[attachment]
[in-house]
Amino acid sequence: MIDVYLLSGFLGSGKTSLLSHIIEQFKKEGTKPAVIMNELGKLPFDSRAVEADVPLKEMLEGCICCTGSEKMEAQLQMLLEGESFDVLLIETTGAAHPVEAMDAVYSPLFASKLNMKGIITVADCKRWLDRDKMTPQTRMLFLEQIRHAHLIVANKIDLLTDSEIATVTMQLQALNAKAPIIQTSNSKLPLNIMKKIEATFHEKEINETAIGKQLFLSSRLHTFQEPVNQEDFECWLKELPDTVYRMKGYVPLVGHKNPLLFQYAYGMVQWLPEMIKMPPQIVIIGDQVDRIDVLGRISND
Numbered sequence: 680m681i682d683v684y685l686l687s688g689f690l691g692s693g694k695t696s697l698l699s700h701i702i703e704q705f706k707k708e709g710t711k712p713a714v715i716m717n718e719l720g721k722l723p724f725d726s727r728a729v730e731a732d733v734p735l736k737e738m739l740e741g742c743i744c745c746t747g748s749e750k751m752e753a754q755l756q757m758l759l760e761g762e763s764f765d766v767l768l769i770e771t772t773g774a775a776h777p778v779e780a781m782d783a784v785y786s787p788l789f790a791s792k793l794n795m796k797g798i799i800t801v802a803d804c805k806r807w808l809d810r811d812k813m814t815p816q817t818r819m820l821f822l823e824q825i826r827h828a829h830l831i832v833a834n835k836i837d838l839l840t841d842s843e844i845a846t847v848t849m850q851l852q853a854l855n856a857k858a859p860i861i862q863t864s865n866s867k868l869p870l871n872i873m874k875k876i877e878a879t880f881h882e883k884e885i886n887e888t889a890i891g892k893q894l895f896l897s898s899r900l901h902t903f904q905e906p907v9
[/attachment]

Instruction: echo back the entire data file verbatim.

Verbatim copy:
[in-house]
Amino acid sequence: MIDVYLLSGFLGSGKTSLLSHIIEQFKKEGTKPAVIMNELGKLPFDSRAVEADVPLKEMLEGCICCTGSEKMEAQLQMLLEGESFDVLLIETTGAAHPVEAMDAVYSPLFASKLNMKGIITVADCKRWLDRDKMTPQTRMLFLEQIRHAHLIVANKIDLLTDSEIATVTMQLQALNAKAPIIQTSNSKLPLNIMKKIEATFHEKEINETAIGKQLFLSSRLHTFQEPVNQEDFECWLKELPDTVYRMKGYVPLVGHKNPLLFQYAYGMVQWLPEMIKMPPQIVIIGDQVDRIDVLGRISND
Numbered sequence: 680m681i682d683v684y685l686l687s688g689f690l691g692s693g694k695t696s697l698l699s700h701i702i703e704q705f706k707k708e709g710t711k712p713a714v715i716m717n718e719l720g721k722l723p724f725d726s727r728a729v730e731a732d733v734p735l736k737e738m739l740e741g742c743i744c745c746t747g748s749e750k751m752e753a754q755l756q757m758l759l760e761g762e763s764f765d766v767l768l769i770e771t772t773g774a775a776h777p778v779e780a781m782d783a784v785y786s787p788l789f790a791s792k793l794n795m796k797g798i799i800t801v802a803d804c805k806r807w808l809d810r811d812k813m814t815p816q817t818r819m820l821f822l823e824q825i826r827h828a829h830l831i832v833a834n835k836i837d838l839l840t841d842s843e844i845a846t847v848t849m850q851l852q853a854l855n856a857k858a859p860i861i862q863t864s865n866s867k868l869p870l871n872i873m874k875k876i877e878a879t880f881h882e883k884e885i886n887e888t889a890i891g892k893q894l895f896l897s898s899r900l901h902t903f904q905e906p907v9